Free onboard freight is divided into two categories: free onboard shipping point and free onboard destination.
Furthermore, FOB prices comprise loading of products, transportation to the dock, marine freight, insurance, unloading of goods at the target port, and transportation charges up to the final destination.
Several methods are used to acquire FOB destination prices. Modifiers qualify the FOB location words origin and destination. The payment of transportation charges is decided by the modifiers. The following are the three most prevalent modifiers:
- Collect- The buyer is accountable for the transportation costs.
- Prepaid and add-on- The vendor must pay for transportation in advance, but the buyer is reimbursed for these costs by adding them to the invoice.
- Prepaid and allow- The vendor pays for the shipping costs in advance. He has the option to incorporate it in the contract fee.
FOB Shipping Versus FOB Destination
Let’s understand these two terms in detail:
The word "FOB shipping point" is an abbreviation for "Free on Board Shipping Point." It denotes that the vendor transfers control and accountability of the products to the customer at the point of origin (the vendor's location).
It further refers to when a client accepts delivery of goods that have been supplied to them by a supplier and have left the provider's shipping port.
Moreover, the supplier should record a sale at the moment of departure from the provider's shipping pier since the buyer assumes ownership at that time.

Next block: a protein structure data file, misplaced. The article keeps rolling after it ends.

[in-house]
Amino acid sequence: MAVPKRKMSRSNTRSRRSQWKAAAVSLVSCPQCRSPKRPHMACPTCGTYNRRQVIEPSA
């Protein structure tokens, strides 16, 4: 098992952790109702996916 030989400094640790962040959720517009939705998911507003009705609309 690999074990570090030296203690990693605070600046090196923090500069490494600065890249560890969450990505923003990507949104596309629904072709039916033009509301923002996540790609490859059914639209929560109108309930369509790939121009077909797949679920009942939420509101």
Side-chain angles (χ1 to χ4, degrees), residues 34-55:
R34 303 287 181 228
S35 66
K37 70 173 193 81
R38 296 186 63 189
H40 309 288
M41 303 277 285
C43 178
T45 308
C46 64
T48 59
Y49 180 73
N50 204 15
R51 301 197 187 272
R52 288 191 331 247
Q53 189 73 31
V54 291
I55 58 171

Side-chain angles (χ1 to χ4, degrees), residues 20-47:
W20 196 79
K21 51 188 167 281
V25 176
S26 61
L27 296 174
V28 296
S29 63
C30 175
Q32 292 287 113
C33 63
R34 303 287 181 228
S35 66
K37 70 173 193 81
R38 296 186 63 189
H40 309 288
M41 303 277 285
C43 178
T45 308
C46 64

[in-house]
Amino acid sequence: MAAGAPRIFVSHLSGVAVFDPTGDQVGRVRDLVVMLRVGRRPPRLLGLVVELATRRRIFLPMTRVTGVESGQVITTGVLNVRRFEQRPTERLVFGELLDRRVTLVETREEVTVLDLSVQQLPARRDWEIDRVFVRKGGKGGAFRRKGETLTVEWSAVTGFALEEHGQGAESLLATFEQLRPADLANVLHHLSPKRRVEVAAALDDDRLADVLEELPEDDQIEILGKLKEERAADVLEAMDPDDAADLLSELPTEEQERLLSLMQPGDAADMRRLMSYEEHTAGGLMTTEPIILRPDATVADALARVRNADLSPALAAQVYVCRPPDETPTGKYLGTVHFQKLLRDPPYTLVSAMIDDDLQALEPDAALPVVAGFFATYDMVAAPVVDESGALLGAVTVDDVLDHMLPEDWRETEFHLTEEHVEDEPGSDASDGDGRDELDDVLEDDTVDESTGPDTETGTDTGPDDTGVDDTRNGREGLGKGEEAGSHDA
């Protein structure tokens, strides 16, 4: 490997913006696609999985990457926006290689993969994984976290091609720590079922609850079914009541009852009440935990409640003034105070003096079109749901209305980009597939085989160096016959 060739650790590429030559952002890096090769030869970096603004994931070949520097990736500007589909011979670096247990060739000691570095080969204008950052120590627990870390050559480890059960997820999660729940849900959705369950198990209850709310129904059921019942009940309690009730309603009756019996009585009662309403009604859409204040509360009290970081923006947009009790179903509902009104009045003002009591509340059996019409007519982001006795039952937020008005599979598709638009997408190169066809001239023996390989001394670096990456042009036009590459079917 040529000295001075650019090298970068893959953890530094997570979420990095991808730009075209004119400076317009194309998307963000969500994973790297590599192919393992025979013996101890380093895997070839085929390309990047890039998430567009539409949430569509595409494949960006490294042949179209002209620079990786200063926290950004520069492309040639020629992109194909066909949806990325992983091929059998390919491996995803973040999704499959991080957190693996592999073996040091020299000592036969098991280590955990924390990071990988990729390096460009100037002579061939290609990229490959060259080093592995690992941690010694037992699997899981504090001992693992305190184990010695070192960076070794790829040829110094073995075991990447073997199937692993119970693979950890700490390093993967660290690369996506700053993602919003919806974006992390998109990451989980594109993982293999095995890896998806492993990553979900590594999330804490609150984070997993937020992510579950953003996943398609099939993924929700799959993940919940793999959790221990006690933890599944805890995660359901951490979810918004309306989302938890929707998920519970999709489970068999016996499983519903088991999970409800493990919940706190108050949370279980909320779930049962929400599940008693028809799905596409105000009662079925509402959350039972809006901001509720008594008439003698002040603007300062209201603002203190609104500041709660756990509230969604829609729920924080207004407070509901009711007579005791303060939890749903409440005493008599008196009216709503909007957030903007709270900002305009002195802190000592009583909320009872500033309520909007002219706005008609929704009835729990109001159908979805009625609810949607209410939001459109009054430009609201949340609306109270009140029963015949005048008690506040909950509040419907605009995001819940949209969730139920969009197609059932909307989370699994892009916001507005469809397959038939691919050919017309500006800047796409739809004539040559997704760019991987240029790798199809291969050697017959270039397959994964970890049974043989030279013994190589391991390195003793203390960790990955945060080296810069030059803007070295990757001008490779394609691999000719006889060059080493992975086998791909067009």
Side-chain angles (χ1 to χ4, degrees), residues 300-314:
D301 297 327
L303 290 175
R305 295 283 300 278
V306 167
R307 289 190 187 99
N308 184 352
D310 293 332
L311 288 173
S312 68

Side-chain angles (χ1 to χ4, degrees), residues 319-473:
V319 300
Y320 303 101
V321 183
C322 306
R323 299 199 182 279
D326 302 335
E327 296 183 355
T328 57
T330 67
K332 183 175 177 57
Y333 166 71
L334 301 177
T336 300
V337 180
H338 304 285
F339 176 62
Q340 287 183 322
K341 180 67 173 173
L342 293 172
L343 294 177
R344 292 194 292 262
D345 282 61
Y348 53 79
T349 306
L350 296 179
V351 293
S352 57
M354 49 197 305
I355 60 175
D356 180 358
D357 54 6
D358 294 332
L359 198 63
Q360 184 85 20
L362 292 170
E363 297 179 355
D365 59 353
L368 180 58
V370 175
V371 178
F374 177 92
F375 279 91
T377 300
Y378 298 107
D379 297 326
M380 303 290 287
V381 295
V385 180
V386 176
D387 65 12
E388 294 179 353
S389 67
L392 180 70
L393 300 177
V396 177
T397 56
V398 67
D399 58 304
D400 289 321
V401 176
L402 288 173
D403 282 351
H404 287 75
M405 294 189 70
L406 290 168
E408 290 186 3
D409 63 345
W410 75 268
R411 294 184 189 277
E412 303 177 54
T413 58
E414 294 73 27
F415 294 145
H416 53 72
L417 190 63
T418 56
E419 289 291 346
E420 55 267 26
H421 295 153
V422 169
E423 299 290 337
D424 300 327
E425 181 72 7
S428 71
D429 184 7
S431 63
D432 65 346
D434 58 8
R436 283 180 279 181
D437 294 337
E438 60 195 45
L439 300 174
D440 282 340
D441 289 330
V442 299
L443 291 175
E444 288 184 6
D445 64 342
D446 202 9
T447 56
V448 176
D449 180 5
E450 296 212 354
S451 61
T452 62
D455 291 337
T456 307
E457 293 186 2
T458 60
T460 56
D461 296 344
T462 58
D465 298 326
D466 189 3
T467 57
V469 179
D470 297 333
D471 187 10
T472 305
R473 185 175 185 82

The purchaser is responsible for the cost of transporting the goods under FOB shipment point terms. Also, buyers would be responsible for goods once they leave the warehouse, dock, factory, or premises.
If the things are damaged during transit, the client should file a claim with the insurance carrier because the client owns ownership of the commodities during the time they were destroyed.
FOB Destination refers to when the vendor's liability for and custody of the products passes to the buyer when the goods arrive in great condition at the buyer's location.
FOB Destination terminology is divided into three categories:
- FOB Destination, Freight Prepaid: While the items are en route, the supplier pays the freight expenses and owns the products.
- FOB Destination, Freight Collect: While the customer pays for freight, the supplier owns the goods while they are en route.
- FOB Destination, Freight Collect and Allowed: The client pays the freight costs, but they are subtracted from the supplier's invoice. While the items are en route, the supplier retains ownership.